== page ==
According to Dr. Mauws, the Hockey MBA is aimed at giving its graduates an opportunity to take their career to the next level, within the industry they're already working in.

"Ritch and Brian wanted to see the game get shaken up," says Dr. Mauws. "They wanted to improve the way the game was being run, and ensure hockey has a long-term future in the face of all the other entertainment options that are available. They really want the very best students coming to the program."

Mr. MacTavish, who oversees a player payroll of $66-million for an organization that Forbes magazine values at $475-million, knows the benefit of an MBA in an NHL front office, and why a program like Athabasca's could be beneficial for soon-to-retire NHL veterans who want to stay in the game on the business side.

"The difficult thing is that you're 35 and you should be going through a stage of your life where there should be a lot of stability. You should be settled in to a career, with a home and a family. But at 35, or even less than that, you're faced with a massive career change," he explains. "The people who handled it well were the people that got some other training."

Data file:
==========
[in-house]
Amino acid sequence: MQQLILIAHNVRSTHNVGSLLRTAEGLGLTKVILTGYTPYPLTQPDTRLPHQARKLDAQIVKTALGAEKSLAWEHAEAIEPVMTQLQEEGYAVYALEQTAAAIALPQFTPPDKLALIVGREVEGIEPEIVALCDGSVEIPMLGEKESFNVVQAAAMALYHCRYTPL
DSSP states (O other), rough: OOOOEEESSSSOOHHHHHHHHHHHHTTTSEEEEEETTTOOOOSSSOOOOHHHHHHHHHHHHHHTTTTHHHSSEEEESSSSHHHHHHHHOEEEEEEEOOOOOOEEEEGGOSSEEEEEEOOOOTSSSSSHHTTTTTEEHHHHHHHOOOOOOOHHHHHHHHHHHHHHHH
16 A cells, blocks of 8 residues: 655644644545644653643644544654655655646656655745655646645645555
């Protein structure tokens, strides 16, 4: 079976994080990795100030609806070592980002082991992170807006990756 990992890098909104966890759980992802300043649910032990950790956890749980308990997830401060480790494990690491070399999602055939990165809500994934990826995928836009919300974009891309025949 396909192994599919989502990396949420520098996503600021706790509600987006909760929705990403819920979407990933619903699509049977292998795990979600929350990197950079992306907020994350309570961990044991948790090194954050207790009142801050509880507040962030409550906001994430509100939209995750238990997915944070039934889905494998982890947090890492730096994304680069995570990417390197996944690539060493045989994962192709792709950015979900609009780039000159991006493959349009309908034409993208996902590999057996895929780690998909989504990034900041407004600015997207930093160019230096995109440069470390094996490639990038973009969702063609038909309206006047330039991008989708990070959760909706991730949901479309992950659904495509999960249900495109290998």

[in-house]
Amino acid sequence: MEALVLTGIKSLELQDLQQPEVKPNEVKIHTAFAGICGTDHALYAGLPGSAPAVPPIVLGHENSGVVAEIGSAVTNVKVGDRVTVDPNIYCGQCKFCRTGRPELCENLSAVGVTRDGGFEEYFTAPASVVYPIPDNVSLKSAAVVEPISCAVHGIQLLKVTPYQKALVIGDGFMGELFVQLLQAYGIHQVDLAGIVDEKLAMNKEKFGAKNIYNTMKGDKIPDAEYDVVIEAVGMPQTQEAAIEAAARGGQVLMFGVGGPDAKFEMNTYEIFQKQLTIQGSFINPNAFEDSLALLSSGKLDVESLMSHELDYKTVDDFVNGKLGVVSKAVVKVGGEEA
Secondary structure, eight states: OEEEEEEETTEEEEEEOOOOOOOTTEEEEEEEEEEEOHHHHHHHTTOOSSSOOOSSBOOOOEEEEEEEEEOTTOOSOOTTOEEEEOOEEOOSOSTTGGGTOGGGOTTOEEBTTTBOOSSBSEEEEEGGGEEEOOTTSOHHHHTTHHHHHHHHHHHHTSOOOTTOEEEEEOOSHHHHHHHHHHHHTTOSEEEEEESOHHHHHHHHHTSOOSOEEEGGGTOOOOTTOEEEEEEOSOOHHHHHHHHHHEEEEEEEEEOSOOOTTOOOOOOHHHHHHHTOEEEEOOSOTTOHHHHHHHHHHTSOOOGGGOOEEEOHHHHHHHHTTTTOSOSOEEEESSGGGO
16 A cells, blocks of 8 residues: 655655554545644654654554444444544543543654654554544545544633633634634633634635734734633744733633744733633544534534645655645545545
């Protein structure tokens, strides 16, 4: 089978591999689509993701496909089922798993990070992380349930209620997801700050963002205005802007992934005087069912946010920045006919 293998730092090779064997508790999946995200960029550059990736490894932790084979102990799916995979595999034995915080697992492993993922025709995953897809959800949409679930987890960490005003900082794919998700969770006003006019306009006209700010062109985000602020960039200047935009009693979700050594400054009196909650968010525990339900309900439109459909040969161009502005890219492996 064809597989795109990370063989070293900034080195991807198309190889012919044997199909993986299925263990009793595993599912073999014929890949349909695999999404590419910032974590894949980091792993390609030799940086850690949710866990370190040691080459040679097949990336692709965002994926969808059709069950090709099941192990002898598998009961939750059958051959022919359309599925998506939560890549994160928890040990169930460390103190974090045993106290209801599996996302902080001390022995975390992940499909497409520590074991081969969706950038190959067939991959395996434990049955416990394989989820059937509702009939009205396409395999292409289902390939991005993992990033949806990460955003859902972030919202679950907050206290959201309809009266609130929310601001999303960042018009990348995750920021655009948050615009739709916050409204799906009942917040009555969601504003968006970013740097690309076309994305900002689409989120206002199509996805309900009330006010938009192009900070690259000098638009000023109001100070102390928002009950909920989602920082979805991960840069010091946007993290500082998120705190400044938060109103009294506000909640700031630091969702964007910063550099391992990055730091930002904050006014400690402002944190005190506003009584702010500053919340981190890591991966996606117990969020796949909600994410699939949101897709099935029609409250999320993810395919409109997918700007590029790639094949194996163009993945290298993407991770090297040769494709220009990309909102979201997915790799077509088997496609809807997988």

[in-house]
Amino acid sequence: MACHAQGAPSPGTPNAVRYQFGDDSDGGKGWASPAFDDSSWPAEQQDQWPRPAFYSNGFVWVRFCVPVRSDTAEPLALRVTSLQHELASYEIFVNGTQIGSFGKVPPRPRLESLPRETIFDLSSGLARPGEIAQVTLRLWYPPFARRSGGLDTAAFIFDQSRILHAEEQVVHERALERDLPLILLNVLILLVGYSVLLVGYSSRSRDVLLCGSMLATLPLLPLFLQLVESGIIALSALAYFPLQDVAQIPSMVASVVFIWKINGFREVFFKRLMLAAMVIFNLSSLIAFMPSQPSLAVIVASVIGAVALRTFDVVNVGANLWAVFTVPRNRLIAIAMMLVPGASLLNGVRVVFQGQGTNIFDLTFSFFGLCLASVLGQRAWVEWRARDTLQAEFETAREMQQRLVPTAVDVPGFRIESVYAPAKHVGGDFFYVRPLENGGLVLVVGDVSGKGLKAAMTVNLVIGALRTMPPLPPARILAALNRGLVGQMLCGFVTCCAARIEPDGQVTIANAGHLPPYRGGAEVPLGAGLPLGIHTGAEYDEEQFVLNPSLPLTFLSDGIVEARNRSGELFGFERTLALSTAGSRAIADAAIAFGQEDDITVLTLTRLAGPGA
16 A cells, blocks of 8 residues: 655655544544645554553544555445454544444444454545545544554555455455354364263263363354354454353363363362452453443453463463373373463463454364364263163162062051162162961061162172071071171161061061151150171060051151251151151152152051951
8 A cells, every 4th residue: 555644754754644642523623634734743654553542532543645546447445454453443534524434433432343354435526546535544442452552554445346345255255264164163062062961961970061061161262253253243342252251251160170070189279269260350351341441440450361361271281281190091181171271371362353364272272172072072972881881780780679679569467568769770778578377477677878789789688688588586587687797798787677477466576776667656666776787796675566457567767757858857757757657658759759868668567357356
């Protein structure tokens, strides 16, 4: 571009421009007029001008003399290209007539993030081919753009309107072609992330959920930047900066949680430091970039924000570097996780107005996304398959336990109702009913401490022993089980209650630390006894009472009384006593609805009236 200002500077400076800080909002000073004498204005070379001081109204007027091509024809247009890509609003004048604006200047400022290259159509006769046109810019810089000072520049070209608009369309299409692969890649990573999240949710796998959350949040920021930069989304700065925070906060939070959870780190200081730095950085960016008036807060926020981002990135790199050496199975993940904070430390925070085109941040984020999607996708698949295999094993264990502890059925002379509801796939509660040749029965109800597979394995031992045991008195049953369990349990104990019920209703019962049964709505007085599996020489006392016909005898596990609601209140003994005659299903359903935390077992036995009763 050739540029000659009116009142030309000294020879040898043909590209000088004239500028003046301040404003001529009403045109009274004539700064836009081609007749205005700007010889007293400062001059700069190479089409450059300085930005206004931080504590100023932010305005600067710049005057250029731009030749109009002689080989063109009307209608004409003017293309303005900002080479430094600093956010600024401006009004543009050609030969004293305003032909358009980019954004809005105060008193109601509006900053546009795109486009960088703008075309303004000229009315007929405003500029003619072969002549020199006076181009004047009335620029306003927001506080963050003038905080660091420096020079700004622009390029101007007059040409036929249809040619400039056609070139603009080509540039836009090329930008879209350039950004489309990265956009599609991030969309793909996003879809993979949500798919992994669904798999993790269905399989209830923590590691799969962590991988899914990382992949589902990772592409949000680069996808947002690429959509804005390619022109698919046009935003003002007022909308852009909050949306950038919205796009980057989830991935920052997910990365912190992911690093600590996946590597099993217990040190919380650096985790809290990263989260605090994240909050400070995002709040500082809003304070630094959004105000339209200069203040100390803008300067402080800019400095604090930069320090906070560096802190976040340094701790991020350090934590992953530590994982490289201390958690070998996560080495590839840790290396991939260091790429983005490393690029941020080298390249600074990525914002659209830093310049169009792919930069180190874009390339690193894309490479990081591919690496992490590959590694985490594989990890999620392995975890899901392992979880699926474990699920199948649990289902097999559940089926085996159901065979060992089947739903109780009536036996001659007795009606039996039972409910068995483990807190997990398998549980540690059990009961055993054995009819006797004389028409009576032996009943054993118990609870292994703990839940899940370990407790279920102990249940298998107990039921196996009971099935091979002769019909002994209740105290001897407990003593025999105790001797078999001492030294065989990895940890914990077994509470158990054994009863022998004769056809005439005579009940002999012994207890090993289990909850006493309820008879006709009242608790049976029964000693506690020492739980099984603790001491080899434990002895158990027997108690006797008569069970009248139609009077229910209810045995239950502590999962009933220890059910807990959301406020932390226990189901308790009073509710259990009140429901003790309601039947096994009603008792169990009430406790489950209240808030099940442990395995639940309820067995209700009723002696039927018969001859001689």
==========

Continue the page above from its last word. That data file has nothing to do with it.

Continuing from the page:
The skills he acquired while completing his MBA have helped him adjust to hockey's new era, one focused on big money and, increasingly, data analytics. He explains that he has a "whole lot more familiarity with what they [the scouts] are talking about now."

Even though many view hockey as a fun activity, Mr. Winter explains students will not be able to take any part of the degree lightly.

"This is a rigorous MBA program for seasoned executives," he says. "It is no easier than the training that the likes of Sidney Crosby or Steven Stamkos engage in off the ice – it's a chance to train, push and develop people like nothing we've seen before."

Mr. MacTavish knows first-hand the difficulty of an MBA, and appreciates what grads can bring to any business situation.

"When I see someone has an MBA, I instantly know they're very driven, and they're able to see things though and solve complex problems. They're go-getters. Everyone in my class was a go-getter," he says. "They had families, they had jobs, and they were taking this thing [MBA] on. I have a great appreciation of anyone who has the initiative who takes this program."

So while Mr. MacTavish's Oilers now look toward the end of this season and the next player draft, it may be just one of a number of NHL teams that might be looking toward the classroom – as well as the rink – for the next top prospect.